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Vida Health raises $25 million to treat chronic health conditions remotely

Vida Health, a virtual health care platform that connects people with chronic ailments to professional therapists and coaches, has raised $25 million to meet the “increased demand” for remote care — particularly around mental health.

As with other virtual health-focused platforms, Vida said that it has seen a spike in demand for its service during the COVID-19 pandemic, which has pushed millions of businesses and consumers into lockdown. Indeed, the company said that since COVID-19 was declared a pandemic in early March, it has launched to more than 500,000 new end users, bringing the total number of people covered by its platform to over 1.4 million.

Founded out of San Francisco in 2014, Vida targets those with conditions such as diabetes, depression, anxiety, and high blood pressure, and pairs them with a personal trainer, nutritionist, nurse, therapist, or other relevant support professional. The company’s platform also leverages machine learning to crunch data and personalize each user’s treatment plan. The Vida app can integrate with many popular health and fitness apps and devices, including Fitbit and Apple Watch, giving coaches direct access to their users’ vital stats — with this data, they can develop and tailor plans as the data changes over time. Built-in messaging and chat functionality also allows them to communicate in real time.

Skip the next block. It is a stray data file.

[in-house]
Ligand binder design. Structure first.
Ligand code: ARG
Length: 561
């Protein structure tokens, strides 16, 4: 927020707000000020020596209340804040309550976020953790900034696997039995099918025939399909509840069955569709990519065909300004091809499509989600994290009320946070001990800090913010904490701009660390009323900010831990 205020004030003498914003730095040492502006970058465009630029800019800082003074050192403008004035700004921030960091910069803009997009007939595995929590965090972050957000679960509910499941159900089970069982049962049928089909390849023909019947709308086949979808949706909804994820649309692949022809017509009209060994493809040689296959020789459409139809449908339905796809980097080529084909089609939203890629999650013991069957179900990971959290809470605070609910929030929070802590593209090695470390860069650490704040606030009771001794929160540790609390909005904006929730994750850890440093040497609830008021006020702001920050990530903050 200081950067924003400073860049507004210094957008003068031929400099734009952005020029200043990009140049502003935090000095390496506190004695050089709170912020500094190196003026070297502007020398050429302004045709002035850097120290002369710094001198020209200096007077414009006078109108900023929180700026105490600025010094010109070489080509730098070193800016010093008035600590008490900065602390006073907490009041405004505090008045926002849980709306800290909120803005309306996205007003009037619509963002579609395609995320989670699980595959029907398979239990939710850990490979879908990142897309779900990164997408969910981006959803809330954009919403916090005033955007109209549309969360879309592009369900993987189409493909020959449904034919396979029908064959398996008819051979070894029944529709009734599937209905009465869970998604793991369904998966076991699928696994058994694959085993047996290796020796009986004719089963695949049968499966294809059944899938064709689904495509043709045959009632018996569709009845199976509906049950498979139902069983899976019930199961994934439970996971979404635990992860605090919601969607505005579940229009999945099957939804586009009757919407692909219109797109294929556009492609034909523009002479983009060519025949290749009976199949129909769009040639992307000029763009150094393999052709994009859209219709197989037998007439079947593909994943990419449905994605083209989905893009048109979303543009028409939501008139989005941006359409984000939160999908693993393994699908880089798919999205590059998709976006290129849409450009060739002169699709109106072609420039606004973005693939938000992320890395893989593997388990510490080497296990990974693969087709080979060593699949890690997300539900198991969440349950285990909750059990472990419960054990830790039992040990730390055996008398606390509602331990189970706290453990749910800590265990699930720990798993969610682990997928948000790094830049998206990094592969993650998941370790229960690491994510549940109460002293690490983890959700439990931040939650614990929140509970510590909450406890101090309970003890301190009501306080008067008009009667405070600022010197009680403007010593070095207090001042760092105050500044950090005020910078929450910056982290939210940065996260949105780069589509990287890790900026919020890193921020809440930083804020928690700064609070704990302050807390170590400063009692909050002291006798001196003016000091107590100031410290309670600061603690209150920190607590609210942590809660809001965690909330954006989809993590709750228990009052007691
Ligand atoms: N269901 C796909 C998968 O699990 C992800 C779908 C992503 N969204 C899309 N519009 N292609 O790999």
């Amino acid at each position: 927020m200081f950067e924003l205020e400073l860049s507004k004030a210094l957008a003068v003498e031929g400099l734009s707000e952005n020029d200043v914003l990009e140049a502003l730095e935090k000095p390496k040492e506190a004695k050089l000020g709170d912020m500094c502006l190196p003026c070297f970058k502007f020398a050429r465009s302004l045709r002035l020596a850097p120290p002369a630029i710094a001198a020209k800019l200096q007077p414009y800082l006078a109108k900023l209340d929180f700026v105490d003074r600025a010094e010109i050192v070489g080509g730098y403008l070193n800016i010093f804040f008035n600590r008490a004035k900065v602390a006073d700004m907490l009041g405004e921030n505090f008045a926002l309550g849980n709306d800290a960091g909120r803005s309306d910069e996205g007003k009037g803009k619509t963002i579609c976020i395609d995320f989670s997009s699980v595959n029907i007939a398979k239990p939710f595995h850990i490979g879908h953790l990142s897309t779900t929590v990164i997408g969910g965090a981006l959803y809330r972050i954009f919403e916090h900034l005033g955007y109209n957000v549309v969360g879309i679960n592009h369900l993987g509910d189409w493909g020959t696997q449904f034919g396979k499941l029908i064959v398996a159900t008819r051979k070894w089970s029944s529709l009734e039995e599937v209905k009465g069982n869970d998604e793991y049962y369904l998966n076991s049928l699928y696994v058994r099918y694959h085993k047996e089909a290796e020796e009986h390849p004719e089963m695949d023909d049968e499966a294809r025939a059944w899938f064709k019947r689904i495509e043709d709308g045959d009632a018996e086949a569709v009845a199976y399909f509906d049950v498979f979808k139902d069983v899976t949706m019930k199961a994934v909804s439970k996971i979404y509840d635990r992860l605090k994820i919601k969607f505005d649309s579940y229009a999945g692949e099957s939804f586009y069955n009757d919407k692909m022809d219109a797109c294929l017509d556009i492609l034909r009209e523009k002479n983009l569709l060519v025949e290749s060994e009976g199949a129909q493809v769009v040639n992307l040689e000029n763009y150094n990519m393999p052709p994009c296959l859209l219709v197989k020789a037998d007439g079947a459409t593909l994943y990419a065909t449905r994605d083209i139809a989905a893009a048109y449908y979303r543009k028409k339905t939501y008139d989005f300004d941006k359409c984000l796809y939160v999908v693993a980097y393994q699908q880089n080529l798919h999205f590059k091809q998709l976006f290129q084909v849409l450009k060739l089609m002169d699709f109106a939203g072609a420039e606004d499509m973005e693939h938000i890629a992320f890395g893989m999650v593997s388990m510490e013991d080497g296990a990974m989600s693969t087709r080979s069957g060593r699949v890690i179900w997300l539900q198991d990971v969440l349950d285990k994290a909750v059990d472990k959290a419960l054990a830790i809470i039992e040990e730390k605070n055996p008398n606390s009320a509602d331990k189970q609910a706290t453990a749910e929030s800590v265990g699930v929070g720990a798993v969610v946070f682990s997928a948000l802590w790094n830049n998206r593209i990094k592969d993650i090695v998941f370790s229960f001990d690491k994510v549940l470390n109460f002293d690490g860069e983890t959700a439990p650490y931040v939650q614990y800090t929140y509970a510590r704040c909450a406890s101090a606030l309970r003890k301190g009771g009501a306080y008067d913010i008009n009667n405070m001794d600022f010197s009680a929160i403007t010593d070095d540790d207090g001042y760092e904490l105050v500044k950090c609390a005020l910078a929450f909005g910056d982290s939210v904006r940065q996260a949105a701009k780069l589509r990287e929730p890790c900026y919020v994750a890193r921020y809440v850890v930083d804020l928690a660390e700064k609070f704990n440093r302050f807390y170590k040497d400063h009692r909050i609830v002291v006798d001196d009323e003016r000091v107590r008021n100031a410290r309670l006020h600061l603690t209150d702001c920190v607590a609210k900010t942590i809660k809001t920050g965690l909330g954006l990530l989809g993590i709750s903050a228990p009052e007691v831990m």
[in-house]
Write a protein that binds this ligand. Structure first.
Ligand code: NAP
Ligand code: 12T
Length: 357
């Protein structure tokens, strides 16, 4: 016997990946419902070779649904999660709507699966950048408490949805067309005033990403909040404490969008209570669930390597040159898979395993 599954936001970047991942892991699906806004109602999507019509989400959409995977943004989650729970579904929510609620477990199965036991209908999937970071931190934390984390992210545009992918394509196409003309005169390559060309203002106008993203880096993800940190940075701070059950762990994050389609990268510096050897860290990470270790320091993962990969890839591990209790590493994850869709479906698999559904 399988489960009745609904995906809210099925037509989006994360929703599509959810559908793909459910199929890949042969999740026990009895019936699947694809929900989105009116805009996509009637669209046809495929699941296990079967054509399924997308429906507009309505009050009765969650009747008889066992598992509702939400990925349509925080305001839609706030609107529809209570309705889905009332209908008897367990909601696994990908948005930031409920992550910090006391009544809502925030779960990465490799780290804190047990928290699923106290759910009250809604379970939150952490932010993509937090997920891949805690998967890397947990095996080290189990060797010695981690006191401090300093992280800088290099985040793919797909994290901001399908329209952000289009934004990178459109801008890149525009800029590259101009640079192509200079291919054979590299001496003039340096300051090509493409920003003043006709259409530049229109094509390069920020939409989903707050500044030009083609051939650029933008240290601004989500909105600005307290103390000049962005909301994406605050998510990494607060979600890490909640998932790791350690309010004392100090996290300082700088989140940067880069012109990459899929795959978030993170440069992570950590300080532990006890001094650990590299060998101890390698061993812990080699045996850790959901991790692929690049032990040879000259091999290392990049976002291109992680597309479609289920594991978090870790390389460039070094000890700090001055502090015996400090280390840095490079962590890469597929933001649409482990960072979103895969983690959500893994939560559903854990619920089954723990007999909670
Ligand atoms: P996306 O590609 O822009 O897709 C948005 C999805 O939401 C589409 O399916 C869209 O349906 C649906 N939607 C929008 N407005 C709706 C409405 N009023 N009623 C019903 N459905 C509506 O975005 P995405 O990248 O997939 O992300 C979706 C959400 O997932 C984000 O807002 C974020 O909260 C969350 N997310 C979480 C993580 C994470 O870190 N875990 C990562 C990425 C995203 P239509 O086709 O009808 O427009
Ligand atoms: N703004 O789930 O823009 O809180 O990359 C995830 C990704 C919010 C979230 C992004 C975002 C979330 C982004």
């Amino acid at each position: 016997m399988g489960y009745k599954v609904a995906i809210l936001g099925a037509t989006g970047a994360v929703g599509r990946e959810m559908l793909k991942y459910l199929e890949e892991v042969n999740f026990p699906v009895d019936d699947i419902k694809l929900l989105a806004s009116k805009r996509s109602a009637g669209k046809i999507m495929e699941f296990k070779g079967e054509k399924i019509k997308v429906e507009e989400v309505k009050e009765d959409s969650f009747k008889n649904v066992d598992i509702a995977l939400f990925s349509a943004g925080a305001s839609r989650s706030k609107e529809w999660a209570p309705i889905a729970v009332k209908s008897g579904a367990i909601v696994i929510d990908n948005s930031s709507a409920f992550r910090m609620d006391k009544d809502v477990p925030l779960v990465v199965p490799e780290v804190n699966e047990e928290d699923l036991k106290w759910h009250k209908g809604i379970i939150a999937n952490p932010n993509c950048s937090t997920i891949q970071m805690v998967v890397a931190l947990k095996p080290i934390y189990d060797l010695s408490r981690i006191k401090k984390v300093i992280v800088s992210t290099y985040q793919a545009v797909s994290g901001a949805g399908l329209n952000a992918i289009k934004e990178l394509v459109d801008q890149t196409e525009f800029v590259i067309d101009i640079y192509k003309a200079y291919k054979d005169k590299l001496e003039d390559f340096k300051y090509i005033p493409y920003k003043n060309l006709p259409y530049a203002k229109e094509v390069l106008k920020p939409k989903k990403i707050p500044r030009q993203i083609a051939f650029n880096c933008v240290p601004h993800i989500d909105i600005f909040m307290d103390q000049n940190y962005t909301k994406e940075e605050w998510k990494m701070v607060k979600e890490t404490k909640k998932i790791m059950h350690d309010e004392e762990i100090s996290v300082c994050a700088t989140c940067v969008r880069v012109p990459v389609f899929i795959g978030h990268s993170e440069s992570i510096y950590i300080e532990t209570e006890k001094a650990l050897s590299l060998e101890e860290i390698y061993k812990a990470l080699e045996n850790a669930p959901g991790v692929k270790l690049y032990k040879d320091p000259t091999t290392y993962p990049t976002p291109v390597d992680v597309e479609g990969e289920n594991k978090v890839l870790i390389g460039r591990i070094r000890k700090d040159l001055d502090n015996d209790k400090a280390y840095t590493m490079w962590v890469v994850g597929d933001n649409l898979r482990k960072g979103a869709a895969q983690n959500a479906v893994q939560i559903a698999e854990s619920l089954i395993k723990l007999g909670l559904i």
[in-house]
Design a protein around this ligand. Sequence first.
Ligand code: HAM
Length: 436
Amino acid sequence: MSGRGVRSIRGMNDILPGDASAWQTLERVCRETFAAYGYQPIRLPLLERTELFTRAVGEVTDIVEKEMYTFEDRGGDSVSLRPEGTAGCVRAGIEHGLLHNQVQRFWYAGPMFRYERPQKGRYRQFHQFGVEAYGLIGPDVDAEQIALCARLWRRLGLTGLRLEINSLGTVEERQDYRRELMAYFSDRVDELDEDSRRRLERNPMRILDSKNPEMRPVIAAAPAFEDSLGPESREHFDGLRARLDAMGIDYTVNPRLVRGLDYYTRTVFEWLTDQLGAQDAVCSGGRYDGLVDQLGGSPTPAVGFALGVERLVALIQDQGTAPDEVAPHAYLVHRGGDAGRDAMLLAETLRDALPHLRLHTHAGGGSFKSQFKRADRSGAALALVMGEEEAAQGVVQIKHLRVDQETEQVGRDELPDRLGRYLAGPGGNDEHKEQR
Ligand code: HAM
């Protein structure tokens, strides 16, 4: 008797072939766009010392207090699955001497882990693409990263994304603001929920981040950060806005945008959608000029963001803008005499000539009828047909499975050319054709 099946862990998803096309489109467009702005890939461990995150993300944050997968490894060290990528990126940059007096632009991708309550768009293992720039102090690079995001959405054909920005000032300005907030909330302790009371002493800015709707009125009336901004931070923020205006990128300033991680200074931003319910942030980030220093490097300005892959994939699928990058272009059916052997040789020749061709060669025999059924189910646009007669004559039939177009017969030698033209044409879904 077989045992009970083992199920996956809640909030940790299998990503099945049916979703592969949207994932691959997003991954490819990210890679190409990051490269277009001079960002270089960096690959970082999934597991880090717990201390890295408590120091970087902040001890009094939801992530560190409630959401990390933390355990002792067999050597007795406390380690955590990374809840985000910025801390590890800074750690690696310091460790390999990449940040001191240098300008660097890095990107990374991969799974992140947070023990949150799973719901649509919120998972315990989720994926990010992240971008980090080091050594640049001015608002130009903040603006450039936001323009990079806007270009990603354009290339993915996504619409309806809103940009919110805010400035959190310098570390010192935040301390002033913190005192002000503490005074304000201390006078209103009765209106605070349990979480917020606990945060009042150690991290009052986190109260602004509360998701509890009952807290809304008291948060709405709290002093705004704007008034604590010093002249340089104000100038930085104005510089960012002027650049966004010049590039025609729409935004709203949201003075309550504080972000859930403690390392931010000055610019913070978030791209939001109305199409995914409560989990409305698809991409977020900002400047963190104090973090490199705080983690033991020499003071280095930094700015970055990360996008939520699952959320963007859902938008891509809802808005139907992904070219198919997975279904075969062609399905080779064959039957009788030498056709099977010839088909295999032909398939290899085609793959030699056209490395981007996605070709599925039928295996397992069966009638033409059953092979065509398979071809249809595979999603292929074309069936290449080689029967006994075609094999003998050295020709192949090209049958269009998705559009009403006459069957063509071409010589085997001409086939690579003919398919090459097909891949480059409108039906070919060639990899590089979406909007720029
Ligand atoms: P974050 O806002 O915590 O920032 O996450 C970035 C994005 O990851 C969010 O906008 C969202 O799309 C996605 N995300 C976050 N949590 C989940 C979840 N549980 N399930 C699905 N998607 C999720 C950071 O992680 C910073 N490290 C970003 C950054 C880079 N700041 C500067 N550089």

Enterprises represent a major part of Vida’s target market, and it’s typically offered as part of a company’s health care benefits. Vida also sells device “bundles” that include contraptions such as heart-rate monitors, scales, blood pressure cuffs, activity trackers, glucometers, and more.

Above: Vida Health bundle

Health boom

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Prior to now, Vida had raised $53 million, and with another $25 million in the bank it’s well-financed to capitalize on what will likely prove to be a boom period for the virtual health care industry. Pre-pandemic figures from MarketsAndMarkets had the global telehealth market pegged as a $25 billion industry, and this had been expected to double within five years. However, with the coronavirus forcing industries across the spectrum to adapt to social distancing, the telehealth market could be set to grow exponentially.